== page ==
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Debt Collection Laws in Rhode Island

Dena Standley | July 31, 2023

Dena Standley
Legal Expert, Paralegal
Dena Standley, BA

Dena Standley is a seasoned paralegal with more than 20 years of experience in legal research and writing, having received a certification as a Legal Assistant/Paralegal from Southern Technical College.

Edited by Hannah Locklear

Hannah Locklear
Editor at SoloSuit
Hannah Locklear, BA

Hannah Locklear is SoloSuit’s Marketing and Impact Manager. With an educational background in Linguistics, Spanish, and International Development from Brigham Young University, Hannah has also worked as a legal support specialist for several years.

Summary: Rhode Island debt collection laws protect consumers from being mistreated by debt collectors. These laws cover when, how, and for how long debt collectors can follow up on debt. If you’ve been sued for a debt, SoloSuit can help you stand up for your rights in court and settle your debt to avoid going to court at all.

Debt collectors often grow impatient when they follow up on debt. Some go a step further and use illegal means to convince or scare you to pay. Fortunately, consumers in Rhode Island do not have to tolerate these unlawful practices.

The state has laws that regulate how debt collectors conduct business. These debt-collection laws protect debtors from being harassed, misled, deceived, or experiencing unfair practices.

Rhode Island debt collection laws include both state-specific and federal laws. This article will explore the various laws that protect consumers and explain how these laws can be used to win a debt collection case. If you have received countless calls from a debt collectors, citing the law often causes them to back down or stop calling. Let's begin with the state-specific laws.

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The Rhode Island Debt Collection Practices Act protects you

The Rhode Island Debt Collection Practices Act has fourteen sections, as outlined in Rhode Island General Laws Title 19 Chapter 19–14.9. Each section explains various laws that debt collectors ought to follow, and the last section outlines the outcome when they break the laws. The following are some of the regulations and how they affect you.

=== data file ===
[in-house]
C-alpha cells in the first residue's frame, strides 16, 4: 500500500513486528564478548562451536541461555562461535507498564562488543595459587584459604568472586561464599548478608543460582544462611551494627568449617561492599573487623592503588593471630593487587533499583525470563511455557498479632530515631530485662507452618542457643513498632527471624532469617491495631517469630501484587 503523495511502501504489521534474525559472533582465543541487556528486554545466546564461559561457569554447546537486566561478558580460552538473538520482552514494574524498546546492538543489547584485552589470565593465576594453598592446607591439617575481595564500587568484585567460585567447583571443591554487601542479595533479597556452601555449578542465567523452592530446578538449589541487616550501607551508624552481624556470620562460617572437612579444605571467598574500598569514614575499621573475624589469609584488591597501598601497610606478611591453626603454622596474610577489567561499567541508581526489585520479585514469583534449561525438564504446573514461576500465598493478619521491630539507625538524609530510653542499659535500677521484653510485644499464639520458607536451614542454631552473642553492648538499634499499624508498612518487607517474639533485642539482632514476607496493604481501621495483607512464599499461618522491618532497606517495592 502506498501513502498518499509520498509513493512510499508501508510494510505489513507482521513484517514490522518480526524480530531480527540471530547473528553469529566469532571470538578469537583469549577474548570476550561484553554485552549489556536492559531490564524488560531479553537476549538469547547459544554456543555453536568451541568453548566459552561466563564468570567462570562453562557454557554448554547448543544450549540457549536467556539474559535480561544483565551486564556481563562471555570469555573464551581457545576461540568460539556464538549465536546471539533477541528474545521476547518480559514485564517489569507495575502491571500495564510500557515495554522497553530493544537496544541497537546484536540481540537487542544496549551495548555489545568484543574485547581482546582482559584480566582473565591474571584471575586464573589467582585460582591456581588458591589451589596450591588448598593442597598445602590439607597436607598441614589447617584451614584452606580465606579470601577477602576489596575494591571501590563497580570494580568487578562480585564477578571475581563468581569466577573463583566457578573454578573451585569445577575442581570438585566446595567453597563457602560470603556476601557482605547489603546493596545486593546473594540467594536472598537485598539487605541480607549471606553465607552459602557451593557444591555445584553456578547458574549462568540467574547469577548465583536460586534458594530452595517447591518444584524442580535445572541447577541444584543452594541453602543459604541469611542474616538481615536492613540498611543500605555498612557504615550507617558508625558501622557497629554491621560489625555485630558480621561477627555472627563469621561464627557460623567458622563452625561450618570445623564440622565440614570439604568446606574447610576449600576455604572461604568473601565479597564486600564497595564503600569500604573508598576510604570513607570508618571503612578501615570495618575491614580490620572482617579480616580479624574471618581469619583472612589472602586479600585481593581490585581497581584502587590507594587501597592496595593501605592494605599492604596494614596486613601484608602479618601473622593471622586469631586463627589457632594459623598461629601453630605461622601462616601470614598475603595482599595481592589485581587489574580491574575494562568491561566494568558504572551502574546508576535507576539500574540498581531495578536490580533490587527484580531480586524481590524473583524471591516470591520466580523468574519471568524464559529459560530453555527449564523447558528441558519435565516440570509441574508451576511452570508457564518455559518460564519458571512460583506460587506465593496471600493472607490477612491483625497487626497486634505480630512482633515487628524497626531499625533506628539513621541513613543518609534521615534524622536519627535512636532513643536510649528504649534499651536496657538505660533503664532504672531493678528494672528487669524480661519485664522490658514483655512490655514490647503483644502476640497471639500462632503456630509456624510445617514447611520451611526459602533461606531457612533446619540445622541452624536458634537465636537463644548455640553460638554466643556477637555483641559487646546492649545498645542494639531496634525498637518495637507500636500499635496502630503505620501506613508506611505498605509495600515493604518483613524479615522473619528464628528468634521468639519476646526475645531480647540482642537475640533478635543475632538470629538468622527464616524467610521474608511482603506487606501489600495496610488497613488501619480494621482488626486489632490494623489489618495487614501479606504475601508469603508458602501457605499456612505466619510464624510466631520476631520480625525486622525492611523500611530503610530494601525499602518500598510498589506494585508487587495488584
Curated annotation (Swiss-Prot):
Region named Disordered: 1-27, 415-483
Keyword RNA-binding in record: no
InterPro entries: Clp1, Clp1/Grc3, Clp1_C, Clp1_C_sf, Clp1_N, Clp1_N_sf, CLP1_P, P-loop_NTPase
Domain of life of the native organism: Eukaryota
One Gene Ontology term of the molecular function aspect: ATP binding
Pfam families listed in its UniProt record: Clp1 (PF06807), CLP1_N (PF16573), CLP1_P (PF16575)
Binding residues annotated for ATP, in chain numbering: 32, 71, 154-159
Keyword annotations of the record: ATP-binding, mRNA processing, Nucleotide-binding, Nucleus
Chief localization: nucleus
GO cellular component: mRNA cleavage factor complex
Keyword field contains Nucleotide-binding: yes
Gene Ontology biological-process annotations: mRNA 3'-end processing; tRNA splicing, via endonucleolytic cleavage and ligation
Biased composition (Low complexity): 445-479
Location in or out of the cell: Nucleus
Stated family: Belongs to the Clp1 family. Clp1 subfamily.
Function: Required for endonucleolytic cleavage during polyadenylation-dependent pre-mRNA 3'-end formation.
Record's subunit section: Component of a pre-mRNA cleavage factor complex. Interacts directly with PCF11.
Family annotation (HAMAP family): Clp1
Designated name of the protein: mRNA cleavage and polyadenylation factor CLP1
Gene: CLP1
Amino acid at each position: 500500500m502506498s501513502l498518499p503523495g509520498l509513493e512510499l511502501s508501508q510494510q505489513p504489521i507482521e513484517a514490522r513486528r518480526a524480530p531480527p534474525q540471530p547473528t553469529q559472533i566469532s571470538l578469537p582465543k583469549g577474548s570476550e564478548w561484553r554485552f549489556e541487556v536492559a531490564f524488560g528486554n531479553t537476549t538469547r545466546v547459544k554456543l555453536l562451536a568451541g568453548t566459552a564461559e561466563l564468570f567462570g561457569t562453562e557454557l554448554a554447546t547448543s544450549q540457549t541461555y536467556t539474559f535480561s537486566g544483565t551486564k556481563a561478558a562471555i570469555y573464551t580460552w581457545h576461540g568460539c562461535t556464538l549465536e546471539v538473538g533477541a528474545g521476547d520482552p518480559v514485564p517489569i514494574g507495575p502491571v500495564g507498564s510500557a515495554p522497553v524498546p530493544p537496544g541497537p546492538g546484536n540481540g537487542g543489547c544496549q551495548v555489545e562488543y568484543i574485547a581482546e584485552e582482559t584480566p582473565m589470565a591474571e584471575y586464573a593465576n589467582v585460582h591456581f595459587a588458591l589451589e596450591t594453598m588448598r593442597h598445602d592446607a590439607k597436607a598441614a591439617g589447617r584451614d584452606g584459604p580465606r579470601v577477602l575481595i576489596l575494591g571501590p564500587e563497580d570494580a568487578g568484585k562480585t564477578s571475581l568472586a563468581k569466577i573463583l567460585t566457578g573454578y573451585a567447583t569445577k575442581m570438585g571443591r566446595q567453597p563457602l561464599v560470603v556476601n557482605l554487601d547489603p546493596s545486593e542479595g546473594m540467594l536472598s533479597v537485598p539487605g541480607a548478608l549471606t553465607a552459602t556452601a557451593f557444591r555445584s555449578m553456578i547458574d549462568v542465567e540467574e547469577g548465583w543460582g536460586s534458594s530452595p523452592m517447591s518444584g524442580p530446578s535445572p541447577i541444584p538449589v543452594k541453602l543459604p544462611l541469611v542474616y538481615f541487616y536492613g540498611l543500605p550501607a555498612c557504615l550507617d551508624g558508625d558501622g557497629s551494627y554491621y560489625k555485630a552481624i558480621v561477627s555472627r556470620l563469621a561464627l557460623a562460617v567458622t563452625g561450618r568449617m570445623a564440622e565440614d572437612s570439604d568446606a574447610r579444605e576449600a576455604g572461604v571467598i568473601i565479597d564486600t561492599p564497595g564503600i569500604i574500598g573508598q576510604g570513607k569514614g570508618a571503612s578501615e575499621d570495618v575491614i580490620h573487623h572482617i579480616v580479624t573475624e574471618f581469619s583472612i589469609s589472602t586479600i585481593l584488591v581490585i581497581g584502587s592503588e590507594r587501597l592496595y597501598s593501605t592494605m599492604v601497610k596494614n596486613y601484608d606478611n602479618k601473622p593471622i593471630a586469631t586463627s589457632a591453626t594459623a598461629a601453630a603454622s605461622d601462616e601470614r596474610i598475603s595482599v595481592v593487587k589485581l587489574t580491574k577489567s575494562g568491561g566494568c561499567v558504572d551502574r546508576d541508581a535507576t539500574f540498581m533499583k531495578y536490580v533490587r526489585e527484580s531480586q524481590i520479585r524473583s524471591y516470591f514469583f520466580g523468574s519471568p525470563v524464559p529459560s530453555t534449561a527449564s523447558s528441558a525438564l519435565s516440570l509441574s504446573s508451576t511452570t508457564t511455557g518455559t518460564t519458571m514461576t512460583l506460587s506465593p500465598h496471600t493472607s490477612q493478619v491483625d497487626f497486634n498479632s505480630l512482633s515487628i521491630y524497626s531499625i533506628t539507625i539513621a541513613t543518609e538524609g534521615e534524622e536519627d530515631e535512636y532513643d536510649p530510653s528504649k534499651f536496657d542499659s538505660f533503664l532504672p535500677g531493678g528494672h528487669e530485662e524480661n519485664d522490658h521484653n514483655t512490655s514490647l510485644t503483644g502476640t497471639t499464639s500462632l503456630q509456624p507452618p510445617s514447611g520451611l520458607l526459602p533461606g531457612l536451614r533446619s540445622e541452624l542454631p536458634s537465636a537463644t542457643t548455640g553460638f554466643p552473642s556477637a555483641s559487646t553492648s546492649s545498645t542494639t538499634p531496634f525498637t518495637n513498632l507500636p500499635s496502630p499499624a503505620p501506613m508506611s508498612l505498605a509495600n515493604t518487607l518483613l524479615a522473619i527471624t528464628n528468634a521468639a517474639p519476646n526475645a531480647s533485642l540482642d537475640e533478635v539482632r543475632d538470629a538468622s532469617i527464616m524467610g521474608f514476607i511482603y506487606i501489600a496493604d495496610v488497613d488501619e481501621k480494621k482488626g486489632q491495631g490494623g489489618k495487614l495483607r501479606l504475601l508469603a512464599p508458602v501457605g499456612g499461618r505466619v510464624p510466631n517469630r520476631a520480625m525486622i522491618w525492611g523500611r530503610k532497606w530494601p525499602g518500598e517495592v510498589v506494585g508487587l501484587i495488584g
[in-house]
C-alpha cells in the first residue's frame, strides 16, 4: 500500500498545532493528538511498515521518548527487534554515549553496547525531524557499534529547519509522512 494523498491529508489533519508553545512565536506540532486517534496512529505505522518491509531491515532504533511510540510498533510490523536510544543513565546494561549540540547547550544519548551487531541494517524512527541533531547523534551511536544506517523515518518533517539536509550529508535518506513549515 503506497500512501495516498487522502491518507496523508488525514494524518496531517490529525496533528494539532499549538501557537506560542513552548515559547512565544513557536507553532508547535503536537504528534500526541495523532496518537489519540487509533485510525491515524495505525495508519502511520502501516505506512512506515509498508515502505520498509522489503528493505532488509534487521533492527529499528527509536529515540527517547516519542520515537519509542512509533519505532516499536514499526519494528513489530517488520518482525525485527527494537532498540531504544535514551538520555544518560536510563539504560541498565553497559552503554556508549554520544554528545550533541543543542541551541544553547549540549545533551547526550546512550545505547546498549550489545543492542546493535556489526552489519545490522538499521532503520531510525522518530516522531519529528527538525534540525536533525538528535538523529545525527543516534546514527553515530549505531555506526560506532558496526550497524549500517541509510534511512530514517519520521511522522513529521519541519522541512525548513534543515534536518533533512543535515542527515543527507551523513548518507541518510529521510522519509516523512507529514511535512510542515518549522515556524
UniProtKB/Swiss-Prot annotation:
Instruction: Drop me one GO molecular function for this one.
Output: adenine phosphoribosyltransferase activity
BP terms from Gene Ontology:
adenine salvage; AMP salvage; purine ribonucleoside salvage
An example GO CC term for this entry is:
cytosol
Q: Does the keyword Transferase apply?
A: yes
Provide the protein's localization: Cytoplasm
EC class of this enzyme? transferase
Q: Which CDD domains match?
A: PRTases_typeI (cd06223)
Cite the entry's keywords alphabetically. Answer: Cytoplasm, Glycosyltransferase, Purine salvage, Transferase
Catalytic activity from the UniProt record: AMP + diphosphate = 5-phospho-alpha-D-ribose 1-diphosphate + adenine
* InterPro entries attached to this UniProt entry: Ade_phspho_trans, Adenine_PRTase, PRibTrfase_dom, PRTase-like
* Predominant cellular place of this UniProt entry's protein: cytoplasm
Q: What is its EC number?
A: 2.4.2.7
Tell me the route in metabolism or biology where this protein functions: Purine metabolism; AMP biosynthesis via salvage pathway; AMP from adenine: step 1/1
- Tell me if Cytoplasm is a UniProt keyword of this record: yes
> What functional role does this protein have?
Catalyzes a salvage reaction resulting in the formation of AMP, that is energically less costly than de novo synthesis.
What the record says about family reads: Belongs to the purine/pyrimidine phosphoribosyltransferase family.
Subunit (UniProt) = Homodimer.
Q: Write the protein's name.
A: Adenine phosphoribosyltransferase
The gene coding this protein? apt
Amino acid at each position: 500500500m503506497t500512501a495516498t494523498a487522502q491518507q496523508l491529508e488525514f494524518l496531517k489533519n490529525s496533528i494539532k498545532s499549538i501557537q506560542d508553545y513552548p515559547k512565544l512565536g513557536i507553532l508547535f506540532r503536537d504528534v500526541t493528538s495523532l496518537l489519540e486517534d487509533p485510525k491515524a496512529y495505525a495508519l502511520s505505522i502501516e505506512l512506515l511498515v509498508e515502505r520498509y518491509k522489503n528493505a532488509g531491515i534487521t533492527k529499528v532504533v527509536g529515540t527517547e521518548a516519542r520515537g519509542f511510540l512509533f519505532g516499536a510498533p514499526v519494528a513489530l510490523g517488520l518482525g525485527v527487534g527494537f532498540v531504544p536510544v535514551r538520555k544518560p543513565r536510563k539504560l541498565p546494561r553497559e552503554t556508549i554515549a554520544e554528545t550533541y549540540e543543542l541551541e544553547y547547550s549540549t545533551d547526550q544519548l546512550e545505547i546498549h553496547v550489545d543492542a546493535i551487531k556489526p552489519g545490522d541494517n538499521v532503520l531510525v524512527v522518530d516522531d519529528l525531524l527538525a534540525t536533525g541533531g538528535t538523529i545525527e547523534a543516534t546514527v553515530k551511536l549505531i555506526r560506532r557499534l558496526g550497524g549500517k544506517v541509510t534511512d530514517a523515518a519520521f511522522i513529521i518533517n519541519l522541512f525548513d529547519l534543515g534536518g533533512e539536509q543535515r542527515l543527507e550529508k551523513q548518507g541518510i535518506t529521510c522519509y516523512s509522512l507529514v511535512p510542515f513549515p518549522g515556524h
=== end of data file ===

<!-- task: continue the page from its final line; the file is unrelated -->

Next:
Contacting someone other than the debtor for location information

According to RI Gen L § 19-14.9-4, a debt collector can only call your family or friends to ask about your current location but should not disclose that you owe any debt and should only call once. In addition, they cannot use a postcard, and if they send the inquiry via mail, the letter shouldn't show it is about a debt collection.

Harassment or abuse

Section RI Gen L § 19-14.9-6 states that a debt collector should not engage in behavior that equals harassment, oppression, and abuse. For example, debt collectors should not:

  • Threaten to use illegal means to get you to pay
  • Use profane or obscene language
  • Leave the phone to ring multiple times with the intent to annoy you

Debt validation

Have you sent a Debt Validation Letter to your creditor? Have they verified the debt in written form? If not, they have violated law RI Gen L § 19-14.9-9. This law states that once you send a Debt Validation Letter, the debt collector should respond within five days. The written verification notice should contain the following:

  • The debt amount
  • The creditor’s name
  • The statement that the debt will be taken as valid if you do not dispute in 30 days
  • The statement that you can dispute the debt

Once you dispute the debt or ask for more information about the original creditor, the debt collector should stop all collection activities until they provide the required information. Watch the following video to learn how to write a Debt Validation Letter.

Unfair practices

Rhode Island debt collection laws (RI Gen L § 19-14.9-8) prohibit collectors from using unfair or unethical means to collect a debt. Examples include:

  • Threatening to publish or publishing your debt for general circulation
  • Demanding the consumer to deposit a post-dated check or order for withdrawal
  • Threatening or carrying out any actions that would take away or damage your property

Communication about the debt

Section RI Gen L § 19-14.9-5 of the debt collection laws stipulates how a creditor should communicate to you about the debt. The provisions prohibit debt collectors from:

  • Calling after 9 pm and before 8 am
  • Calling multiple times for the same debt
  • Calling you if you hired an attorney to handle the matter
  • Calling you at your workplace

Rhode Island’s statute of limitations limits when debt collectors can sue you

The statute of limitations is a period of time through which a creditor can enforce payment of a debt through the legal system.

In other words, the statute of limitations on debt is the deadline to file a debt lawsuit against someone. Once the statute of limitations on debt has expired, the creditor or debt collector can no longer pursue repayment through the courts.

The statute of limitations on debt is 10 years in Rhode Island. This includes Rhode Island’s statute of limitations on credit card debt and medical debt, which are both 10 years. On the other hand, if granted a judgment, creditors and debt collectors only have 20 years to take action based on that judgment. The table below further outlines the Rhode Island statute of limitations on different types of debt: